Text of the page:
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Birmingham Bar Association Bulletin | Winter 2014

standing and jurisdiction, and awarded scheduled visitation for the adoptive mother. Th e biological mother appealed following a denial by operation of law of the biological mother’s motion to alter, amend, or vacate, and fi led a mandamus with the Alabama Supreme Court regarding the denial of her motions to stay enforcement of the judgment (i.e., suspend visitation). Th e Legal Aid Society of Birmingham, as Guardian ad Litem for the children, fi led a brief with the Court of Civil Appeals supporting the arguments of the adoptive mother, though it was not acknowledged in the opinion. Th e Court of Civil Appeals granted the stay of the Family Court’s order of visitation, and acknowledged that Its ruling “overrides the trial court’s apparent determination” that “it would be in the best interests of the children to allow continuing contact” with the adoptive mother, who “had acted as a ‘second parent’ of the children since their births,” and noted It was “not unsympathetic “to the plight of the adoptive mother and, more importantly, the children,” but stated It “cannot give eff ect to a void judgment or make alternative legal arguments for the adoptive mother that might enable her to gain visitation rights.” Attorneys for both parties have disagreed with the Court’s reasoning in the media. Sara Senesac, trial attorney for the biological mother, though pleased with the ruling, cited her client’s argument about lack of Georgia residency, and called the Court’s attack on “the validity of same sex adoption under Georgia law . . . unnecessary given these facts.” Traci Vella of Vella & King, who handled the appeal, called the Alabama Court’s determination of Georgia law “incomprehensible,” and said, “Th is is a horribly sad day for children, who can now be permanently ripped away from a parent who has raised them from birth, for no other reason than a parent has found a new spouse.” Breauna Peterson, the Guardian ad Litem for the children at the trial and appellate levels, says she is “deeply saddened” by the decision, which “aff ects the adoptive mother’s ability to remain in contact with the children she has raised from birth and will have an undeniable negative impact on the emotional well-being of her three children,” and noted that she “believes the appellate court will correct its misinterpretation of Georgia law and restore the children’s relationship with their parent.” Th e biological mother is represented by Randy Nichols of Massey, Stotser & Nichols on appeal, and the adoptive mother is represented by Heather Fann of Boyd, Fernambucq, Dunn & Fann, who fi led the original Alabama petition. Th e children are represented by Tobie Smith of Legal Aid Society of Birmingham as well as Breauna Peterson. Th e mandamus to the Alabama Supreme Court remains pending, and a petition for writ of certiori has not yet been fi led, though rehearing deadlines had not passed at press time for this article. G Domestic Law SECURITY FOR YOUR FAMILY • Up to $200,000 of Term Life coverage • Only four health questions and no medical exams or tests For more information call 1-888-474-1959 Birmingham Bar Bulletin/ Winter 2014 33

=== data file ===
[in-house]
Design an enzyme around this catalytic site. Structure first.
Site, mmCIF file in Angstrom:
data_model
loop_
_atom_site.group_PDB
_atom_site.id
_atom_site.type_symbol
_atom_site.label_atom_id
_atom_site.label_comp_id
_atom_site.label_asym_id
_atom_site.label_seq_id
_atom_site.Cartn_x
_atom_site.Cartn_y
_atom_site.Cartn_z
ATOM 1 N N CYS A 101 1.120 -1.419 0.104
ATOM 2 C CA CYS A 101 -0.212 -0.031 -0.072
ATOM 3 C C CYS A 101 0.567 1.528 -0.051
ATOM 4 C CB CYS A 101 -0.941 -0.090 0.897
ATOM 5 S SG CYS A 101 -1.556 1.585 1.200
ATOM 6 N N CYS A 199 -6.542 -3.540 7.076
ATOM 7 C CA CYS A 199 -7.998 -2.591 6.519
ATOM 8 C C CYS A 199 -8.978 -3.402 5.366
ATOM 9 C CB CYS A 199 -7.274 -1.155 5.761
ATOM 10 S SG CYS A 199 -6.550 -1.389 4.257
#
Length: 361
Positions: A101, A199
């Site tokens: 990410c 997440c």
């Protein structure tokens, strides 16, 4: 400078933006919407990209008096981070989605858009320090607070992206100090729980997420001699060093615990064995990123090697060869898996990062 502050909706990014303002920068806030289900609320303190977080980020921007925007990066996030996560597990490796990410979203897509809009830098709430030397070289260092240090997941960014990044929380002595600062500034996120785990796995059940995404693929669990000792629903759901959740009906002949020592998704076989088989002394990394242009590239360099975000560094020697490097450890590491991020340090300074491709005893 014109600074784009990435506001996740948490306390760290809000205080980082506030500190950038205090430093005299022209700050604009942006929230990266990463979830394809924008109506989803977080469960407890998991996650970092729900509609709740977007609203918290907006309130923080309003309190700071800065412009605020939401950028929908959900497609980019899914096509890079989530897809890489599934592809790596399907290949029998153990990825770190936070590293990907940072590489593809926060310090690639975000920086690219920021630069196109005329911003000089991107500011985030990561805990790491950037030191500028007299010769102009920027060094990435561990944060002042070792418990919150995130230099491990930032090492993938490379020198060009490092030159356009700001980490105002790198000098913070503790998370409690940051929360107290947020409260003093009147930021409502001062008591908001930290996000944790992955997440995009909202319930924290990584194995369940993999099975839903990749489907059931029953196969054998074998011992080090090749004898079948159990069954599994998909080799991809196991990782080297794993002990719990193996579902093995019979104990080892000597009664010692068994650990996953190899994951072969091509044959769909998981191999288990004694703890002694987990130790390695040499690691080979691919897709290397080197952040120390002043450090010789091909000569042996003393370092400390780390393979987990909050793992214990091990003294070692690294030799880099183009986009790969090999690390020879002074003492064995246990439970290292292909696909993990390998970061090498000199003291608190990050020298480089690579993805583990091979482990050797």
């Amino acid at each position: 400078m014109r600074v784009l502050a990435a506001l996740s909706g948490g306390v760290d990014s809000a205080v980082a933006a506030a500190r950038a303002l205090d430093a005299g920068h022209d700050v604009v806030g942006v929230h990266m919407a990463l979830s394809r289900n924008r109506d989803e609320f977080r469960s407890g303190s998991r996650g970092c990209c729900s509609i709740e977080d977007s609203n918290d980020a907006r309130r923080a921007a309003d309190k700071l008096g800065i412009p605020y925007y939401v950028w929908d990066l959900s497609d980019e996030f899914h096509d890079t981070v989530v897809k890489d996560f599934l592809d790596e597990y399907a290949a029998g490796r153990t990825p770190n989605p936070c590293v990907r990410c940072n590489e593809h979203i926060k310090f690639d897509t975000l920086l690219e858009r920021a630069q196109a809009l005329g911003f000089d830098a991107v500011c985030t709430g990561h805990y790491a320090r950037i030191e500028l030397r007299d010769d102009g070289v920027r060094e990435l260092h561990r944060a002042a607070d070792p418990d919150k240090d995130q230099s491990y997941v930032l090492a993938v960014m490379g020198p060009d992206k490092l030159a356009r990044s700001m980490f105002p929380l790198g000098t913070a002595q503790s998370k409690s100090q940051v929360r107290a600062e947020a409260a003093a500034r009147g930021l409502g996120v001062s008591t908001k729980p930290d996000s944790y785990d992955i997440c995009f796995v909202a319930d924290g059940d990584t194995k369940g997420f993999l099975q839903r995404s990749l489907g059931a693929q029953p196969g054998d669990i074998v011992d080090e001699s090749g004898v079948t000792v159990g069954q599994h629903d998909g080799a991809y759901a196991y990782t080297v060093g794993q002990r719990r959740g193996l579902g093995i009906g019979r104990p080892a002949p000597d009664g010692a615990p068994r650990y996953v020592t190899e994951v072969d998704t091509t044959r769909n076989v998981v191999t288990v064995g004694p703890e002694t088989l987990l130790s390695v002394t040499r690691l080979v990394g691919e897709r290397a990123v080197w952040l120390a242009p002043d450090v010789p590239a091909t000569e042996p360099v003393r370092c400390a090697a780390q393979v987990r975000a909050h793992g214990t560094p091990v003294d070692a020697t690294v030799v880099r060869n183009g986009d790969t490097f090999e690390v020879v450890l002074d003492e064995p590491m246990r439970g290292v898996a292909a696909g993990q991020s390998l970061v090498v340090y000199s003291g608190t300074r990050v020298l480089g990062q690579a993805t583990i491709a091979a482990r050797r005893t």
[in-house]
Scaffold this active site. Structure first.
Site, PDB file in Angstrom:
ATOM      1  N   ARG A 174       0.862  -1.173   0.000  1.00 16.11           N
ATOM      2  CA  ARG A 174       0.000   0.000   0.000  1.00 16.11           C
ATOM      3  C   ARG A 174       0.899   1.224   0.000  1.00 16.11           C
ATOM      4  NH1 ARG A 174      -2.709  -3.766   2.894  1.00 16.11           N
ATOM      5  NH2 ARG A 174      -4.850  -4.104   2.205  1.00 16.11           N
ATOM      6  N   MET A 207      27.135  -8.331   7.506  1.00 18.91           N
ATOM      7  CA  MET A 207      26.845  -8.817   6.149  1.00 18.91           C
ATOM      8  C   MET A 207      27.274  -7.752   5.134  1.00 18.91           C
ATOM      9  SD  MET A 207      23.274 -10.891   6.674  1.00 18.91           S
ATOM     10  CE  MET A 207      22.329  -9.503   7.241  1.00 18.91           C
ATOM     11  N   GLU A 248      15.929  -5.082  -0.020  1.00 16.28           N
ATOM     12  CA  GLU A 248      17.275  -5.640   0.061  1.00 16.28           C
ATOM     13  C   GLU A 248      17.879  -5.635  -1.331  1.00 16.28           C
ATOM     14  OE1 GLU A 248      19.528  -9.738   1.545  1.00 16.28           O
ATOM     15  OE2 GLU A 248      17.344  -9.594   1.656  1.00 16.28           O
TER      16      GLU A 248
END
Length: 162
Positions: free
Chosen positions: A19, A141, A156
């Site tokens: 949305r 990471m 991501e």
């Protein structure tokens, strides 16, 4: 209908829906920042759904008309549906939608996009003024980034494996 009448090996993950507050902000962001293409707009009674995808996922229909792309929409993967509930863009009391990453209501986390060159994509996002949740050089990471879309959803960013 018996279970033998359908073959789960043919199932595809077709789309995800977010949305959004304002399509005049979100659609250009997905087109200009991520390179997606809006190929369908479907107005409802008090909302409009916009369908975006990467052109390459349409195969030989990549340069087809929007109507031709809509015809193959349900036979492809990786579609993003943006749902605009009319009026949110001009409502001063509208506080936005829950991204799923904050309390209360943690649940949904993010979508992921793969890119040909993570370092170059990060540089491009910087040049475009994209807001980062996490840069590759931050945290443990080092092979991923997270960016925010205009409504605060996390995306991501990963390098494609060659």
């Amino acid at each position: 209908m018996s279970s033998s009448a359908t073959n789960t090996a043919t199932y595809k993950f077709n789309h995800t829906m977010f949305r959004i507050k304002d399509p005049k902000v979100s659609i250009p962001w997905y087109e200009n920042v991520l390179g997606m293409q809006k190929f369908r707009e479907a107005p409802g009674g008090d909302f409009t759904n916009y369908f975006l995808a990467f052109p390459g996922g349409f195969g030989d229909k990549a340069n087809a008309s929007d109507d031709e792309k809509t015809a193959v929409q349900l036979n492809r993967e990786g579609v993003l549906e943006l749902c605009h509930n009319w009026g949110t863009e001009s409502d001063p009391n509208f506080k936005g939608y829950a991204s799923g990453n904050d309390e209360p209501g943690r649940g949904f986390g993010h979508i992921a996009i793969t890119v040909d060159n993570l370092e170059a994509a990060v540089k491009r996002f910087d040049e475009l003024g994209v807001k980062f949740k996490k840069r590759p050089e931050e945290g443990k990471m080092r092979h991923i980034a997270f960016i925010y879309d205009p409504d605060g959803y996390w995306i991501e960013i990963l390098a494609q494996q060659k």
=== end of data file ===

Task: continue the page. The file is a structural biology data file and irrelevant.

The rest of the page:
Birmingham Bar Association Bulletin | Winter 2014
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